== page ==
What is a central question raised in Pride and Prejudice by Jane Austen?
The central question of Pride and Prejudice is: What does a person need to be happy?
A central question is a thematically-driven idea that the author of a book is writing the book to answer. It is the driving force in the meaning of the story. There can be more than one central question, but if you are asked to identify one you should start by looking for the answer. Is an answer to life given?
Even so long after this novel was written, people are still asking themselves what will make them happy. Do you marry for love? Do you marry for money? Do you marry for friendship? The fundamental question is what makes a person happy. For example, we are told by Charlotte that, “Happiness in marriage is entirely a matter of chance” (ch 6).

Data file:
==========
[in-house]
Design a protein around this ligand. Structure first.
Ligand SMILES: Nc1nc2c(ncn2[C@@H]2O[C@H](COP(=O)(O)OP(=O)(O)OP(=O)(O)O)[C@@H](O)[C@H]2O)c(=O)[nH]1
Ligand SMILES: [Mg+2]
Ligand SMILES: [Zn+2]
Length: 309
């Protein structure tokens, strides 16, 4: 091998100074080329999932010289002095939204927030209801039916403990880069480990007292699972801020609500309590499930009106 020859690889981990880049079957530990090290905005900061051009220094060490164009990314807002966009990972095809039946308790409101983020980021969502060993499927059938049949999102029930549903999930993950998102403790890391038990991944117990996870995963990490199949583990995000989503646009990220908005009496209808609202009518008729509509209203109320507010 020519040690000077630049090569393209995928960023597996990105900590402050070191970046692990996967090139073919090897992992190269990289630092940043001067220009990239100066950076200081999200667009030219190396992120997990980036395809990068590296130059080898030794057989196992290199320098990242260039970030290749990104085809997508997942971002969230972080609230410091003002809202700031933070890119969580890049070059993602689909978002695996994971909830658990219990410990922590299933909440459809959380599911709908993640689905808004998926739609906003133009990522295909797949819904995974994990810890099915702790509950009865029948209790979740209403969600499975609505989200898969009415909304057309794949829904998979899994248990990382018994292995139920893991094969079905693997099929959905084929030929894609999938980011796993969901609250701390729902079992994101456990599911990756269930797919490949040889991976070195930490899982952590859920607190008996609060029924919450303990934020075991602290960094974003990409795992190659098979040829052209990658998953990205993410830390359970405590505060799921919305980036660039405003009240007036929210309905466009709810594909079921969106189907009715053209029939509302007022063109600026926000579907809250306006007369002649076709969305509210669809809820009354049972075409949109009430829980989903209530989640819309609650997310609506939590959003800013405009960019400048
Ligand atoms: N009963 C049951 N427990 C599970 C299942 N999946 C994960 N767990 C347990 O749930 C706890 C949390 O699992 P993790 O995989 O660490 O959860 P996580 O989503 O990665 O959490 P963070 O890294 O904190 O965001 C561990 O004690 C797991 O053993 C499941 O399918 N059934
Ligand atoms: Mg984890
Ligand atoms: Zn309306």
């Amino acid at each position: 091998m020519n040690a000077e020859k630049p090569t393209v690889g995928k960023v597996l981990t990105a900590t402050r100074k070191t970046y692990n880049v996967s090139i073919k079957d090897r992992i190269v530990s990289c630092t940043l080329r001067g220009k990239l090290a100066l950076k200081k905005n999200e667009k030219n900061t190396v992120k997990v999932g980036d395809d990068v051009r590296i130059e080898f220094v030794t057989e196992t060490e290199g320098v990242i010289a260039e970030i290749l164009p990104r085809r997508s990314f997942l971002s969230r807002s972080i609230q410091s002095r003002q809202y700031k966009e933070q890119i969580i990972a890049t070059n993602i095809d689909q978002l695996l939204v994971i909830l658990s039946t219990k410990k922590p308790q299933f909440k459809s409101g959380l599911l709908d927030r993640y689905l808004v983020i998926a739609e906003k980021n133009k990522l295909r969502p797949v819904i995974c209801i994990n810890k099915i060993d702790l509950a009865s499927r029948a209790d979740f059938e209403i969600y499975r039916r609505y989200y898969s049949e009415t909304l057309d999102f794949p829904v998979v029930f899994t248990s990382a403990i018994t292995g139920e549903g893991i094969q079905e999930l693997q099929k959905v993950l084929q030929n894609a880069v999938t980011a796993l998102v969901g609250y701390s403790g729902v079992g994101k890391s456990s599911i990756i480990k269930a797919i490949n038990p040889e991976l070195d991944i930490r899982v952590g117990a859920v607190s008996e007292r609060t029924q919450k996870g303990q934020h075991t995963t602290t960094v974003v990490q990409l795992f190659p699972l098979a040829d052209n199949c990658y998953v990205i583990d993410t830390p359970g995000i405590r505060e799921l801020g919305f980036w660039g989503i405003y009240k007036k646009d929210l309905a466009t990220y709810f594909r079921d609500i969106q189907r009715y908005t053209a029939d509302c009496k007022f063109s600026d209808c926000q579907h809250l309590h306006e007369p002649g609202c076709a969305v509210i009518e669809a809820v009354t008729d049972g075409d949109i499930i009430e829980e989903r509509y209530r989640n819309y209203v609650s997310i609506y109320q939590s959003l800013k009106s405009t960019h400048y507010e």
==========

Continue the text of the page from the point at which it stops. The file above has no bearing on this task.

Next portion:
“….If the dispositions of the parties are ever so well known to each other or ever so similar beforehand, it does not advance their felicity in the least. They always continue to grow sufficiently unlike afterwards to have their share of vexation..." (ch. 6)
All of the young men and women (and the older ones) are trying to navigate the channels of pride and personality to determine what will make them happiest in the end. Is it possible to be happy in marriage?
Darcy also claims that, “a lady's imagination is very rapid; it jumps from admiration to love, from love to matrimony, in a moment” (ch 6). Elizabeth refuses to fall in love with someone she deems proud. Ultimately, both Elizabeth and Darcy realize that people are not always what they seem, and that a person’s actions can mask different motives. Faith in another person is hard to find, but ultimately that is what our happiness-seeking characters are looking for.